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Sunday, Apr 14, 2024

Mitchell Brings ‘XR’ Tech to Auto Repair

Mitchell International is taking auto repair in a new and highly visual direction.

It’s doing so with the help of technology from San Diego’s Qualcomm Inc.

Mitchell serves businesses in the property and casualty insurance claims industry and in the collision repair industry. It is completing initial testing on its Mitchell Intelligent Vision product, which lets people involved in the collision repair process do their work with the help of a wirelessly connected headset. The headset features a camera and voice controls as well as a display that puts computer-generated graphics in the technician’s field of vision.

The headset lays a computer generated image over whatever scene a technician finds in front of him or her. The technology is called extended reality, or XR for short.

Mitchell said its solution will improve the speed, efficiency and accuracy of the collision repair workflow.

The solution uses a Qualcomm semiconductor, its Snapdragon Mobile XR Platform, which contains a processor, a wireless modem and features optimized for extended reality. In addition, the solution uses a voice controlled headset from Vancouver, Washington-based RealWear Inc. The headset is ruggedized so it can stand up to the auto shop environment.

Aids Every Step of the Process

The solution automates the collection of data for faster vehicle check in. For example, a technician wearing the headset can capture driver’s license and proof of insurance information and vehicle identification numbers with the headset’s camera.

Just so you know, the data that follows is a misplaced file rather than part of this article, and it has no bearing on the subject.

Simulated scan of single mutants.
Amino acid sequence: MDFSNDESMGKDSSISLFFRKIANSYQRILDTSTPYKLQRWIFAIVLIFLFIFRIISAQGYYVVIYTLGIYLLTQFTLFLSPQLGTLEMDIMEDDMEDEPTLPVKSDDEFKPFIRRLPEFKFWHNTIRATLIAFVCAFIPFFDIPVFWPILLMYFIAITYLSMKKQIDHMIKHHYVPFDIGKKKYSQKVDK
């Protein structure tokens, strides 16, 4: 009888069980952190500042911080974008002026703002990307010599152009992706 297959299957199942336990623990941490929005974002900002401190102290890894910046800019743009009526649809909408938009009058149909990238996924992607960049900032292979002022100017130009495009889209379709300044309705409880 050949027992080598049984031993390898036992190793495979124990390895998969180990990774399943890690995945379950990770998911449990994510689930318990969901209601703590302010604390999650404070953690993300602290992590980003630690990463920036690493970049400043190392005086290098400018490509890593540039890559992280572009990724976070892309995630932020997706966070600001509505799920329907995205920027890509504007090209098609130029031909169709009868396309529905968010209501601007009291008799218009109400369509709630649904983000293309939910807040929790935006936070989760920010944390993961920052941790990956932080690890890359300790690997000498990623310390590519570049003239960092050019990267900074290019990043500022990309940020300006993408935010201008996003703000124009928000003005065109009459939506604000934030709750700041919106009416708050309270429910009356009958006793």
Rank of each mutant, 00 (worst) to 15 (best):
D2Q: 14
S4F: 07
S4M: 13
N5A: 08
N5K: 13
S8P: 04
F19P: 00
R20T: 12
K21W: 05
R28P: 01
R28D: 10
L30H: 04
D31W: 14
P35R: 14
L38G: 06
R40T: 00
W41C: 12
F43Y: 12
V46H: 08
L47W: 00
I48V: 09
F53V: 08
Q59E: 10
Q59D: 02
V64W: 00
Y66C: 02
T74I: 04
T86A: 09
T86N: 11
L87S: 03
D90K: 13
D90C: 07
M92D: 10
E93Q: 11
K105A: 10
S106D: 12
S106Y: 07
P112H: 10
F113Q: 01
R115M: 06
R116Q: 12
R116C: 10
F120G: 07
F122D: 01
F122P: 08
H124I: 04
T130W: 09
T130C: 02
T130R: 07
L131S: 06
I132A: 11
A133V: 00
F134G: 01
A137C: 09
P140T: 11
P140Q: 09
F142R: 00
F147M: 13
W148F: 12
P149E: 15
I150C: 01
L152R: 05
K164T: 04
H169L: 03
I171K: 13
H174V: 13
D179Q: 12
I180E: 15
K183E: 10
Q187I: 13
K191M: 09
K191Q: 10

Technicians can also take time-stamped photos of vehicle damage and automatically upload them to Mitchell’s cloud-based ecosystem. Voice activation and the extended reality feature can offer quick access to automaker procedures — in the form of text and diagrams hovering in front of the technician’s eye — during teardown and repair, reducing research time. Prior to check out, technicians can visually document the repair work with the device. The images are then retained in Mitchell’s software.

“Mitchell is committed to delivering innovative, cloud-based solutions that streamline workflows and support proper, safe vehicle repair. With Mitchell Intelligent Vision, we’re again breaking new ground and taking a small but very significant step forward in bringing wearable technologies to the collision industry,” said Olivier Baudoux, Mitchell’s senior vice president of global product strategy and artificial intelligence, in a statement distributed by the company.

Mitchell plans to ship its new solution to clients in the United States before the end of the year. It expects to announce availability in Canada soon.

Mitchell is privately held. It has 715 employees in San Diego and 6,500 employees overall.


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